Printer Friendly

Tidying up the kilogram.

Preserved as a gleaming cylinder of platinum and iridium, the international standard for the kilogram rests in pristine splendor under glass at the International Bureau of Weights and Measures at Sevres, France. But this isn't good enough for perfectionists.

Stored in air, this cylinder readily accumulates a microscopically thin, but palpable film of "dirt." It's difficult to remove this coating and return the metal cylinder precisely to its original state with each cleansing. Moreover, the cylinder ages in an unknown manner, possibly changing its mass by as much as 50 parts per billion in 100 years. And there's only one. Because of fears that it may be damaged, it can't be used routinely for calibrating the standard kilograms at national measurement laboratories throughout the world.

Metrologists have long dreamed of defining the kilogram in terms of the universally agreed upon and unchanging values of fundamental physical constants rather than by an ill-defined lump of grungy matter. Researchers at the National Institute of Standards and Technology (NIST) in Gaithersburg, Md., and the National Physical Laboratory (NPL) in Teddington, England, have now taken a step toward providing one such basis for the kilogram. Both groups use electrical measurements in somewhat different ways to link the mass standard to Planck's constant, a fundamental quantity in quantum physics.

Originally proposed by NPL's Bryan P. Kibble, the technique requires an apparatus consisting of a movable coil of wire suspended in the magnetic field of a strong magnet. Moving the coil through the magnetic field at a certain velocity causes a current to flow in the coil. Researchers measure the velocity of the coil, the current and voltage induced in the suspended coil, and the acceleration due to gravity, From these data, they can derive a mass. Because voltage and resistance can now be expressed remarkably precisely in terms of constants derived from quantum effects involving individual electrons (SN: 1/13/90, p.30), electrical measurements provide a means of defining a mass standard of equivalent accuracy,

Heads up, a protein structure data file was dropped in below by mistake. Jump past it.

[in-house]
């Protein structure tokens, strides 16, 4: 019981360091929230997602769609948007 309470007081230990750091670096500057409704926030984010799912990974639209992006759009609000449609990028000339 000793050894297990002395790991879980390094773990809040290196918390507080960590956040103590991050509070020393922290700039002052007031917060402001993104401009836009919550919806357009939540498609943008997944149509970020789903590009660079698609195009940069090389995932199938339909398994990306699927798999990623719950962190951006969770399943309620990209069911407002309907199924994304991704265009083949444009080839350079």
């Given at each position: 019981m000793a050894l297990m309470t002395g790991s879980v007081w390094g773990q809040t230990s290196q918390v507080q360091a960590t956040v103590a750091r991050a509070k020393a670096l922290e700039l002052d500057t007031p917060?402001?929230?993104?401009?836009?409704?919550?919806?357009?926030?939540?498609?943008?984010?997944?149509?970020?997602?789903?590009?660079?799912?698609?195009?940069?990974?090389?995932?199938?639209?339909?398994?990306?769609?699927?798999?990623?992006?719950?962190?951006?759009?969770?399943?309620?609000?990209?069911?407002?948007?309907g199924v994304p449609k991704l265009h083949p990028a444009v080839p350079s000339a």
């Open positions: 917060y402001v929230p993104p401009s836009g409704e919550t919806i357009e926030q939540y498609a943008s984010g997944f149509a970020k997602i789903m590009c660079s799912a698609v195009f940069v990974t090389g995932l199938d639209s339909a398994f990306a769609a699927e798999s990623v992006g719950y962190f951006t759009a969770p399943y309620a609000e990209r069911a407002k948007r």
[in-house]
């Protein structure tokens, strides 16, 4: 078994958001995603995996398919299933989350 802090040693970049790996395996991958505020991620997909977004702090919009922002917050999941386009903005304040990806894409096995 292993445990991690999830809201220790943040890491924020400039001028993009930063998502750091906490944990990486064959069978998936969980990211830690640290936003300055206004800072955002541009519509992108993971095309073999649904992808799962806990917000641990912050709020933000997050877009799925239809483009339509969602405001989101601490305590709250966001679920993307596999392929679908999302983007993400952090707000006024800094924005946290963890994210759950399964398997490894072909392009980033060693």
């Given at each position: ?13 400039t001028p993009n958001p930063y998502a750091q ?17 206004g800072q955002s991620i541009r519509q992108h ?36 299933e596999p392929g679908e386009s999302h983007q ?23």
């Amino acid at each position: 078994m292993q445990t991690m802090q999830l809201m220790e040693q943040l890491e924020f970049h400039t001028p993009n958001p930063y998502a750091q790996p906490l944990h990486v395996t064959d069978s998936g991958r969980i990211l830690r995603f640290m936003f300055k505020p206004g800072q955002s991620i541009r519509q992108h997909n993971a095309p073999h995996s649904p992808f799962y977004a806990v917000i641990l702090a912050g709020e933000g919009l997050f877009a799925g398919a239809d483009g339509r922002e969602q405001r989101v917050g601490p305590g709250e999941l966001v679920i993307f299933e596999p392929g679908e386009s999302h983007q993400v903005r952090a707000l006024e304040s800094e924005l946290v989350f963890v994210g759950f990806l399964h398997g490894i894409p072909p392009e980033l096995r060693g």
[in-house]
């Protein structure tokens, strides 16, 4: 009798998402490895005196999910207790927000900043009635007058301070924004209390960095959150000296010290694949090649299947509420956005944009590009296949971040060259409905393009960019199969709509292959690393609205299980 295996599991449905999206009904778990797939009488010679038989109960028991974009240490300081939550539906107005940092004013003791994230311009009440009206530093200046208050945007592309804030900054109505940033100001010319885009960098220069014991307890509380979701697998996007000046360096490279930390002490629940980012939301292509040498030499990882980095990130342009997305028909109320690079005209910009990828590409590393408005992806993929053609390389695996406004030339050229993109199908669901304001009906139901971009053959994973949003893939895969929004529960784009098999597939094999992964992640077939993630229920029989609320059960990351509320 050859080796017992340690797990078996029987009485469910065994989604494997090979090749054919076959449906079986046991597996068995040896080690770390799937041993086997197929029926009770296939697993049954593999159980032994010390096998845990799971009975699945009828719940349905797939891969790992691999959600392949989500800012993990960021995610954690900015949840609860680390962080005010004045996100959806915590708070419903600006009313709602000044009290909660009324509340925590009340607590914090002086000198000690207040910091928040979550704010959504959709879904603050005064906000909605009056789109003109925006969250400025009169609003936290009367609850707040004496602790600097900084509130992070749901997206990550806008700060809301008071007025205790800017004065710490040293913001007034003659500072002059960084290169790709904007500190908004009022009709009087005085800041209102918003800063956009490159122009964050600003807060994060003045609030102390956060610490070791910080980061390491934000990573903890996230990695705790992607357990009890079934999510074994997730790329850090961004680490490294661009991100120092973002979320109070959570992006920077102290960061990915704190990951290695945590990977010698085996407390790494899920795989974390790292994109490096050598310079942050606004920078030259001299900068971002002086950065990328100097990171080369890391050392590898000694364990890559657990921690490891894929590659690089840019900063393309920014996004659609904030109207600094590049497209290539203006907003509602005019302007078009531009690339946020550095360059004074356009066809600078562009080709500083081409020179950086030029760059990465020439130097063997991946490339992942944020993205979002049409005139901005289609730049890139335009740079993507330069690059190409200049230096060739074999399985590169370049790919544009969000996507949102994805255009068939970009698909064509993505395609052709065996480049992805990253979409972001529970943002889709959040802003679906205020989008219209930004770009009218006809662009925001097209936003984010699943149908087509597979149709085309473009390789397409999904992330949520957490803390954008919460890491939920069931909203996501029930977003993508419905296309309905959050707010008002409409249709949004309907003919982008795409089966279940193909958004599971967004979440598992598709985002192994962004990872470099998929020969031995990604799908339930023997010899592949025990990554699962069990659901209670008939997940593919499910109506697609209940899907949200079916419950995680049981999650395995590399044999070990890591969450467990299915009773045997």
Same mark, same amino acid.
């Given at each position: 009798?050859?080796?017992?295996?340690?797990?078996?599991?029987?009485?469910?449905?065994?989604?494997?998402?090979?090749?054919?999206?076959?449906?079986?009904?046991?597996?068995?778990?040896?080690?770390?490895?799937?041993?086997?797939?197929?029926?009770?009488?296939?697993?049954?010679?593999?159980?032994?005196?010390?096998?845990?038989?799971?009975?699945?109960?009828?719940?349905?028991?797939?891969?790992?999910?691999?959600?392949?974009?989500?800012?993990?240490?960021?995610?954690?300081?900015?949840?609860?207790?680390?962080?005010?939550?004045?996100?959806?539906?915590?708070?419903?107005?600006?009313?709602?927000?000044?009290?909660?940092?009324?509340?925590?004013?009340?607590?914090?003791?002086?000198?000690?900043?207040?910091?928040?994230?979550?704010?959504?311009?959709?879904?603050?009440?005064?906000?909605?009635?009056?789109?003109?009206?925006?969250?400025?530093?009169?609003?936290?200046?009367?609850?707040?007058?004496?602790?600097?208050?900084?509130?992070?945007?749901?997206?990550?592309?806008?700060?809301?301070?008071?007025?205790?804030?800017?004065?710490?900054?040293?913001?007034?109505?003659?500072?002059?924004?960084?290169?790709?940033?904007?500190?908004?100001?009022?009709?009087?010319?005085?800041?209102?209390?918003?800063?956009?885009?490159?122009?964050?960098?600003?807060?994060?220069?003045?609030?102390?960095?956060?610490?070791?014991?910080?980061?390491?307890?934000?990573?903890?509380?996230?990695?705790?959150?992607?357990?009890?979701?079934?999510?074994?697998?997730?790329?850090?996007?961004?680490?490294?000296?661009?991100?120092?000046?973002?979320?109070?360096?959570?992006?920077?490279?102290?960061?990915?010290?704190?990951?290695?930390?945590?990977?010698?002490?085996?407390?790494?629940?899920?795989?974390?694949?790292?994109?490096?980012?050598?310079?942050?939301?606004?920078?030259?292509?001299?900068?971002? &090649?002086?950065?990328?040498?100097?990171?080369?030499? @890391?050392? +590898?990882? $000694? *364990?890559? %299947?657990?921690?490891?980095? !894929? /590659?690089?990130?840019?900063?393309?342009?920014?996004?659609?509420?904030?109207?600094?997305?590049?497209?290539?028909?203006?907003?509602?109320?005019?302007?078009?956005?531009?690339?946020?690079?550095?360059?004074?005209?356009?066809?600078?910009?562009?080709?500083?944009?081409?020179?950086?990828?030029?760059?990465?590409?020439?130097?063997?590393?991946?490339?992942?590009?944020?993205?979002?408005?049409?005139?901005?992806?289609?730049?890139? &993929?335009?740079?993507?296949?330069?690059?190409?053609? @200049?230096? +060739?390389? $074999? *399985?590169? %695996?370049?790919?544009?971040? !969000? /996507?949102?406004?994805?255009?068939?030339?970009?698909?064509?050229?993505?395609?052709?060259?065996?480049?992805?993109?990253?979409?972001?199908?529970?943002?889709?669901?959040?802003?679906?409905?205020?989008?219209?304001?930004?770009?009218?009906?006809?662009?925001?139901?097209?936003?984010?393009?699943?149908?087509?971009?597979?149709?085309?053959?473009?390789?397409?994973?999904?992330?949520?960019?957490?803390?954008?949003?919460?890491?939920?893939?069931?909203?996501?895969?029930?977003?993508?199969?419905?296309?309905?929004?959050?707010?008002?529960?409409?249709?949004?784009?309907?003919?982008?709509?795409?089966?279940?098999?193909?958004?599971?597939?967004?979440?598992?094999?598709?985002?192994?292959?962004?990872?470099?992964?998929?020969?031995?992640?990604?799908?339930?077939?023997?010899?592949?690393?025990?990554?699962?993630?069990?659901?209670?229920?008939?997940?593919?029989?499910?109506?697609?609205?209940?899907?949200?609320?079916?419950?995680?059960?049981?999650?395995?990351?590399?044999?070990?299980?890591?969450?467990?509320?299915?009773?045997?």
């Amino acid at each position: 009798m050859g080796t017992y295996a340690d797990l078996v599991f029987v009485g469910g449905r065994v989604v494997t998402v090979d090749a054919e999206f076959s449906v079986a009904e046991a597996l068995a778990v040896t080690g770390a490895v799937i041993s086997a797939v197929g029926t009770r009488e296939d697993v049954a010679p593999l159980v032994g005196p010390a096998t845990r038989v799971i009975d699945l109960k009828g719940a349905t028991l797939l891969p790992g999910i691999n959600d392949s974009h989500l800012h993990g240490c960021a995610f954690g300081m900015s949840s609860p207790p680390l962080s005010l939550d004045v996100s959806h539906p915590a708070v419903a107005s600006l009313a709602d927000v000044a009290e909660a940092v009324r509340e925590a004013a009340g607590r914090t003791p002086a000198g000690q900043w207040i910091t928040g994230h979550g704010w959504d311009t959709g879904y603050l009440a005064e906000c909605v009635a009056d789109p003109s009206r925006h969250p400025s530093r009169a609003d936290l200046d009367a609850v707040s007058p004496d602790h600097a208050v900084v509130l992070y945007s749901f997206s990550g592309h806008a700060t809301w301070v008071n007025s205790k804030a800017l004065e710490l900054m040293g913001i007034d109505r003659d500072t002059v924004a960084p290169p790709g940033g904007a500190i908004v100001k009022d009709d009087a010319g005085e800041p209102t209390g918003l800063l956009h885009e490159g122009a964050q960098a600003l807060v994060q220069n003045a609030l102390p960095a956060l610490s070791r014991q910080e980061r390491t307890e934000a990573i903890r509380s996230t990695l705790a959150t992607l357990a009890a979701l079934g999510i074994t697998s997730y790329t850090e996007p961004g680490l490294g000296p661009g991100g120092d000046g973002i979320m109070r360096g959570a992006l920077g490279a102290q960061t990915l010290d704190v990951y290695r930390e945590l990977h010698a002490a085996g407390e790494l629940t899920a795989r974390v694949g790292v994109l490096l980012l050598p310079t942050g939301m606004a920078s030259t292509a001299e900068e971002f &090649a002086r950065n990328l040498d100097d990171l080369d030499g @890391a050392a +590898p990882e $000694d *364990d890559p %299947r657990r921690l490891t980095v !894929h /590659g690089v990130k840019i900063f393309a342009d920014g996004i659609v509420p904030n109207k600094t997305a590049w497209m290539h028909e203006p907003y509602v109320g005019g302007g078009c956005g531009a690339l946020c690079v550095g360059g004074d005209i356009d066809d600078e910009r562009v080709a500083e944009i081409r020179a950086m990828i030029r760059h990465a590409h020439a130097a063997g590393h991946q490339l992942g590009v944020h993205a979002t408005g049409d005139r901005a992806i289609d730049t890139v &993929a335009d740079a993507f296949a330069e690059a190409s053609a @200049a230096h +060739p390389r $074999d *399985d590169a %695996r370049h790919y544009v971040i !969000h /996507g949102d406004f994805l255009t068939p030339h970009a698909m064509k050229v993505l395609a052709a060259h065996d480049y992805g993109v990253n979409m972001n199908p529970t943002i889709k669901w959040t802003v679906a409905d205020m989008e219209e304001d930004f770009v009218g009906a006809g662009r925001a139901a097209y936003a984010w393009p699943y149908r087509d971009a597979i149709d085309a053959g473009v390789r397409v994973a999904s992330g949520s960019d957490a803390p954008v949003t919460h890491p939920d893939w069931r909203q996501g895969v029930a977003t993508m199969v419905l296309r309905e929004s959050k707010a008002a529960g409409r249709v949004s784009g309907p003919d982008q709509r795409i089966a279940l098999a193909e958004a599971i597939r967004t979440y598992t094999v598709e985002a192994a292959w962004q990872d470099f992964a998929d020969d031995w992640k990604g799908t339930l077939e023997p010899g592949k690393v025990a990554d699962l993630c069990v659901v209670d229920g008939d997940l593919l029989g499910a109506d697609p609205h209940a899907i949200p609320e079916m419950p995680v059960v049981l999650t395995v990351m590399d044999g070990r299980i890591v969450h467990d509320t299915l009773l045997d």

So far, neither the NIST nor the NPL researchers have achieved anywhere near the accuracy and reproducibility they would ultimately like to have, but the preliminary results indicate this technique shows promise. "The whole measurement is incredibly clean," Kibble says.

Redefining the kilogram represents more of a tidying up of the international system of units (SI) than a response to a need for an improved mass standard. "At the present time, there's no problem with the current level of accuracy," admits NIST's Barry N. Taylor. "Although the present definition of the kilogram has its problems, [this effort] may be more of an intellectual exercise than a practical necessity"
COPYRIGHT 1993 Science Service, Inc.
No portion of this article can be reproduced without the express written permission from the copyright holder.
Copyright 1993, Gale Group. All rights reserved. Gale Group is a Thomson Corporation Company.

Article Details
Printer friendly Cite/link Email Feedback
Title Annotation:defining the kilogram in terms of a fundamental physical constant
Author:Peterson, Ivars
Publication:Science News
Article Type:Brief Article
Date:Apr 24, 1993
Previous Article:An observer immune to frostbite.
Next Article:Seeking the top quark.

Related Articles
Changing constants: measuring progress.
Leaping into the '90s with new constants.
New grout pump to be used in hardrock mining.
Putting atoms in the balance, one by one.
Bearing down on the kilogram standard.
A step closer to an atomic-based kilogram?
Gravity gets measured to greater certainty.
The kilogram and measurements of mass and force.
Critical concern. (Letters).

Terms of use | Copyright © 2017 Farlex, Inc. | Feedback | For webmasters